January 17, 2004

There's a nice piece in The New Yorker about Larry David:
“It was a Korean deli, and we were waiting to pay, and we started making fun of the products they kept by the register,” Seinfeld says. “You know, those fig bars in cellophane, without a label, that look like somebody made them in their basement?”

David turned to Seinfeld and said, “This is what the show should be—this is the kind of dialogue that we should do on the show.”
The first season of his HBO show has finally come out on DVD, which I bought, preferring HBO on DVD to HBO on cable, even if I have to wait years for the shows, because I simply cannot tolerate the decoder box. I love Tivo but I hate the cable decoder box.

According to the New Yorker article, David once wrote a screenplay called "Prognosis Negative." That title, I note, was used as a fake movie title in two Seinfeld episodes ("The Dog" and "The Junior Mints").

The phrase "Prognosis Negative" is used to dark comic effect in the movie "Dark Victory," by the way. It's weird when cultural references get out of order, so that you already think saying "Prognosis Negative!" is funny, then one day you're sitting around watching "Dark Victory," and Bette Davis comes out with "Prognosis Negative!," and you're like "Hey! That's from Seinfeld!" There should be a word for that backwards allusion effect.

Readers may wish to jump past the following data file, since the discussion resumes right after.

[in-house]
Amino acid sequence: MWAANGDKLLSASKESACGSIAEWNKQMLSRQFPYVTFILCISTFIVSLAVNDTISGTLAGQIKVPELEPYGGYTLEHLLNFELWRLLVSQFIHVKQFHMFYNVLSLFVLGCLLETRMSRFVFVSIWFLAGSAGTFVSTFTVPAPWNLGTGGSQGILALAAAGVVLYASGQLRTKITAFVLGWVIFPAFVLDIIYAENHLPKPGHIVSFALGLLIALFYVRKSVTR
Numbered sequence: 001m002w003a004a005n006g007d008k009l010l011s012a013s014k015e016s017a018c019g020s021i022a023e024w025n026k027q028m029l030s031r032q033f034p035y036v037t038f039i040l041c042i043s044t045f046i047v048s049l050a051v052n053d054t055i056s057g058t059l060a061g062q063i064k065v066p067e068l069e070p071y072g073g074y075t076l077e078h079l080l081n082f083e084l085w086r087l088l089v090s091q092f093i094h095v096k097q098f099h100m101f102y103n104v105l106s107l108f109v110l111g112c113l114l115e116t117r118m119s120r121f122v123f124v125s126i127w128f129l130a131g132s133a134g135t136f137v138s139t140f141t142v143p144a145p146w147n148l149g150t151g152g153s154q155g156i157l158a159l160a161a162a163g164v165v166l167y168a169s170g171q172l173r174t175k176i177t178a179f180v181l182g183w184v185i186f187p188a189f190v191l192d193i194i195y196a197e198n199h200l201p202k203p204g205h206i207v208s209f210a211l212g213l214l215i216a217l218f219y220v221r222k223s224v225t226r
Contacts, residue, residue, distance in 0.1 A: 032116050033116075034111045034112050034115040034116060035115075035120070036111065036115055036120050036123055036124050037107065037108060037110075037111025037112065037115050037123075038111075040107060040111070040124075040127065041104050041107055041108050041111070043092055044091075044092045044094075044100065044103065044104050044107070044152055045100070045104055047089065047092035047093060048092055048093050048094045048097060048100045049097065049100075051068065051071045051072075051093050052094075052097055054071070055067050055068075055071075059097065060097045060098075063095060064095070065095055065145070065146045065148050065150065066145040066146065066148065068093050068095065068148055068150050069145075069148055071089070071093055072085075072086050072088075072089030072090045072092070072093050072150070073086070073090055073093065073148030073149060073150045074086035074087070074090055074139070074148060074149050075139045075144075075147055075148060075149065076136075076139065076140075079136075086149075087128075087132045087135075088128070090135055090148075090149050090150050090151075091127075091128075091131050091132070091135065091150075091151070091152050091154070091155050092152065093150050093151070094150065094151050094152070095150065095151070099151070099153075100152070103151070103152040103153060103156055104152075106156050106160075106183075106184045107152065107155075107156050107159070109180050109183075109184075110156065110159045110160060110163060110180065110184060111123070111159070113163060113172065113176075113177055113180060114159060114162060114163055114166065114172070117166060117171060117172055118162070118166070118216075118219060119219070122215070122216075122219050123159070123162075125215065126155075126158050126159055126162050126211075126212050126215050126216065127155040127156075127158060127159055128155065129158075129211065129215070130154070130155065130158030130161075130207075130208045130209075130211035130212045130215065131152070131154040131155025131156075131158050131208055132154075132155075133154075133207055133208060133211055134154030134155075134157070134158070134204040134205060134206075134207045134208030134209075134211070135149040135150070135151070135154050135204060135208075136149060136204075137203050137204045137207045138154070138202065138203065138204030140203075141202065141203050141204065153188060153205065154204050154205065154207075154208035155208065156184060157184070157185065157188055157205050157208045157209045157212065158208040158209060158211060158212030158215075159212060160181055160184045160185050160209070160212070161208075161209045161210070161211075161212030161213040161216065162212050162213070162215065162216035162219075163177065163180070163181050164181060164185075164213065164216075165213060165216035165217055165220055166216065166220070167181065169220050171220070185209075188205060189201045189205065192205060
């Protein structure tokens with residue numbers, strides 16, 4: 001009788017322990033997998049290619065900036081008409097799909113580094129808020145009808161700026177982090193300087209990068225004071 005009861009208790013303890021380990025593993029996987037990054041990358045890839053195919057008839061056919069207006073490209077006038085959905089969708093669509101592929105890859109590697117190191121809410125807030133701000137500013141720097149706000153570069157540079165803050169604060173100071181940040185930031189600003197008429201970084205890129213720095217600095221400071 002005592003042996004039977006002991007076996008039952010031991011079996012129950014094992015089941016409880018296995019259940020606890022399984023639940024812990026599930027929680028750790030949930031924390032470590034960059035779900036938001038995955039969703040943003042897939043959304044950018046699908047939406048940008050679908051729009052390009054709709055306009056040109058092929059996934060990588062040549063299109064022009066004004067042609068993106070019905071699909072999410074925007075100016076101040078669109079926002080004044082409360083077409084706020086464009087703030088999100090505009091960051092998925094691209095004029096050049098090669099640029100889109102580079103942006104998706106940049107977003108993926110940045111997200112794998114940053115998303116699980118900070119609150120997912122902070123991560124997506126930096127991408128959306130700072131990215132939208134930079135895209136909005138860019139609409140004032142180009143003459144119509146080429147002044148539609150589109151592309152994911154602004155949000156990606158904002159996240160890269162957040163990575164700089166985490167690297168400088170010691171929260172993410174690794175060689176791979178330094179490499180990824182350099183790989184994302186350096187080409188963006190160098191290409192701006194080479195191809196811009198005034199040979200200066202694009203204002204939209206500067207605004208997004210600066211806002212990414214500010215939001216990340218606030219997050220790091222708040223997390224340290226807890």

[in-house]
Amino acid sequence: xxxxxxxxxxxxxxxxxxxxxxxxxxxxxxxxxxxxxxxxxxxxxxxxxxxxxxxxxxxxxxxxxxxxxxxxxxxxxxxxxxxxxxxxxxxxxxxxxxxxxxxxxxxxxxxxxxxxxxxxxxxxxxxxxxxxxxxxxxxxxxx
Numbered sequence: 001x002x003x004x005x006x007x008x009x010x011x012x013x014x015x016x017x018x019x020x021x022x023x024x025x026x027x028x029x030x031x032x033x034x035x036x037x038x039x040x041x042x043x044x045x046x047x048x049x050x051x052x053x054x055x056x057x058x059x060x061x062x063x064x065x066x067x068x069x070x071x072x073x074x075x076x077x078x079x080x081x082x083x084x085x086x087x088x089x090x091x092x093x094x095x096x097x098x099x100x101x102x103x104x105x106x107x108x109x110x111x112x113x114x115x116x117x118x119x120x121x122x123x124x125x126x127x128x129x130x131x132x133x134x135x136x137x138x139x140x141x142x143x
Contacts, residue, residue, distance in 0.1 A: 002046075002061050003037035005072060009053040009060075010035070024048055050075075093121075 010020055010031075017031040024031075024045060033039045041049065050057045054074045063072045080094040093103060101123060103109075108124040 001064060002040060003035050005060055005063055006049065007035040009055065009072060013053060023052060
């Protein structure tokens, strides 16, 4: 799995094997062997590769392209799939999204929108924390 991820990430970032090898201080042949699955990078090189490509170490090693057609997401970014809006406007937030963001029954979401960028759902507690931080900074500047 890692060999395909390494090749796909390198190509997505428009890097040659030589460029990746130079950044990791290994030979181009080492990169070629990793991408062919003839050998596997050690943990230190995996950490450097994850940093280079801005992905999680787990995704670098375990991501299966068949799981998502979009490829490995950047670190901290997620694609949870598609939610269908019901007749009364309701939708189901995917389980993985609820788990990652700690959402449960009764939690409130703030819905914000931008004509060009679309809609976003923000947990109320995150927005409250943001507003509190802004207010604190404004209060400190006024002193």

The New Yorker seems to think that if you wanted to read about Larry David, you'll want to read about The Simpsons.

UPDATE: Anachrollusion?

1 comment:

Icepick said...

Now that you have both a bigger audience and comments enabled, you should reblog the stuff about the proposed "Anachrollusion".